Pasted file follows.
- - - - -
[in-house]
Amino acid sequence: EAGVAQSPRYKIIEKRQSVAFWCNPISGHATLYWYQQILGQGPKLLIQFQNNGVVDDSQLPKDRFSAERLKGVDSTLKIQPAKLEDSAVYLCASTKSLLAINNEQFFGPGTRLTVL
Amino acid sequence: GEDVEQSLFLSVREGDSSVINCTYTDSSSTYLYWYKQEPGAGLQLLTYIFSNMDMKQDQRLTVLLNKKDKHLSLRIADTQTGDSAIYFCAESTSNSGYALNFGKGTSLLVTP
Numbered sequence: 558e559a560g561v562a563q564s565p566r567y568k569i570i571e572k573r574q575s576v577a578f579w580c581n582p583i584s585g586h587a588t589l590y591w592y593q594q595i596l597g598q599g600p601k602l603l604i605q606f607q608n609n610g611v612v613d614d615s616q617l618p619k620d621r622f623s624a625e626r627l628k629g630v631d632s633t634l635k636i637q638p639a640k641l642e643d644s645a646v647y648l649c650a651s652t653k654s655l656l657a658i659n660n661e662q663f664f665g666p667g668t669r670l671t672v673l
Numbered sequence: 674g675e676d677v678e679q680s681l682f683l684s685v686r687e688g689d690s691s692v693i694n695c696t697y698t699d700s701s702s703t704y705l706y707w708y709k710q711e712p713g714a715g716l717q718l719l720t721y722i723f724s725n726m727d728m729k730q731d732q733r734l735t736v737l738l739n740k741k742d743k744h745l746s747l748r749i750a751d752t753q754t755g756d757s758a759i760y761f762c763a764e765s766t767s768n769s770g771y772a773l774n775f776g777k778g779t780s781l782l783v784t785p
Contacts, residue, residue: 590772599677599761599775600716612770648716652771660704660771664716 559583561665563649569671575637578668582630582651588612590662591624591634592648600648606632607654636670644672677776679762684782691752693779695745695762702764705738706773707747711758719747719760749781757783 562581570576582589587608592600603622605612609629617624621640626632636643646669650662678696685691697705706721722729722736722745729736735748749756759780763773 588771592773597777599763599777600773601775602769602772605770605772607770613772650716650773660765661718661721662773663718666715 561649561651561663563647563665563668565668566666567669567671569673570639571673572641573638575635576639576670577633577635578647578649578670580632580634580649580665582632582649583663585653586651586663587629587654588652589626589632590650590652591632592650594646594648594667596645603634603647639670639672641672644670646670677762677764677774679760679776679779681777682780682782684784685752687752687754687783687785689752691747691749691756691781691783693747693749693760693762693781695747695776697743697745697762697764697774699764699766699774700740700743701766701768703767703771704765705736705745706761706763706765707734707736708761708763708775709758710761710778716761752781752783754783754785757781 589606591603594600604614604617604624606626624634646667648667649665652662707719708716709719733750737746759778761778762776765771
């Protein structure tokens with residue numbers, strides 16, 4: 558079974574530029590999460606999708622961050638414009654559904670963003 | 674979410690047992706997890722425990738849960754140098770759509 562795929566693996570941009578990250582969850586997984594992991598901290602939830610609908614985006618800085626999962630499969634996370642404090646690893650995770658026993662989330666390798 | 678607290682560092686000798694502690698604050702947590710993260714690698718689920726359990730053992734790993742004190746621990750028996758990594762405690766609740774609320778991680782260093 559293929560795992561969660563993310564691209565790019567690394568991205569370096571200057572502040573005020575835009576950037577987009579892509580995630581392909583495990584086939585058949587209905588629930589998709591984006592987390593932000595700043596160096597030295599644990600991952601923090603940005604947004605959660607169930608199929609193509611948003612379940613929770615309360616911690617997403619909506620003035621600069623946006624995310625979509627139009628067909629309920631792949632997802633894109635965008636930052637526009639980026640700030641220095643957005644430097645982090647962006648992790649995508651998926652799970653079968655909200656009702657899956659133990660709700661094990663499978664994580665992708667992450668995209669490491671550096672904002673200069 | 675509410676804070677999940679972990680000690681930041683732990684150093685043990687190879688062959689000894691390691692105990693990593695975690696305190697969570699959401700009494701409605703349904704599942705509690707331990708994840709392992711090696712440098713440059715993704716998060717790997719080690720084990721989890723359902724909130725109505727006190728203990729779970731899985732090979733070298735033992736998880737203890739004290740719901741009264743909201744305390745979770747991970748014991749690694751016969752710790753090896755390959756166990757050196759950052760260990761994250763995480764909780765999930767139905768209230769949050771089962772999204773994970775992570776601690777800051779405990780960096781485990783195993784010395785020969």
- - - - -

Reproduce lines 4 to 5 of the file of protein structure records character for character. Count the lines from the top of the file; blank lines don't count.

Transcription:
Numbered sequence: 558e559a560g561v562a563q564s565p566r567y568k569i570i571e572k573r574q575s576v577a578f579w580c581n582p583i584s585g586h587a588t589l590y591w592y593q594q595i596l597g598q599g600p601k602l603l604i605q606f607q608n609n610g611v612v613d614d615s616q617l618p619k620d621r622f623s624a625e626r627l628k629g630v631d632s633t634l635k636i637q638p639a640k641l642e643d644s645a646v647y648l649c650a651s652t653k654s655l656l657a658i659n660n661e662q663f664f665g666p667g668t669r670l671t672v673l
Numbered sequence: 674g675e676d677v678e679q680s681l682f683l684s685v686r687e688g689d690s691s692v693i694n695c696t697y698t699d700s701s702s703t704y705l706y707w708y709k710q711e712p713g714a715g716l717q718l719l720t721y722i723f724s725n726m727d728m729k730q731d732q733r734l735t736v737l738l739n740k741k742d743k744h745l746s747l748r749i750a751d752t753q754t755g756d757s758a759i760y761f762c763a764e765s766t767s768n769s770g771y772a773l774n775f776g777k778g779t780s781l782l783v784t785p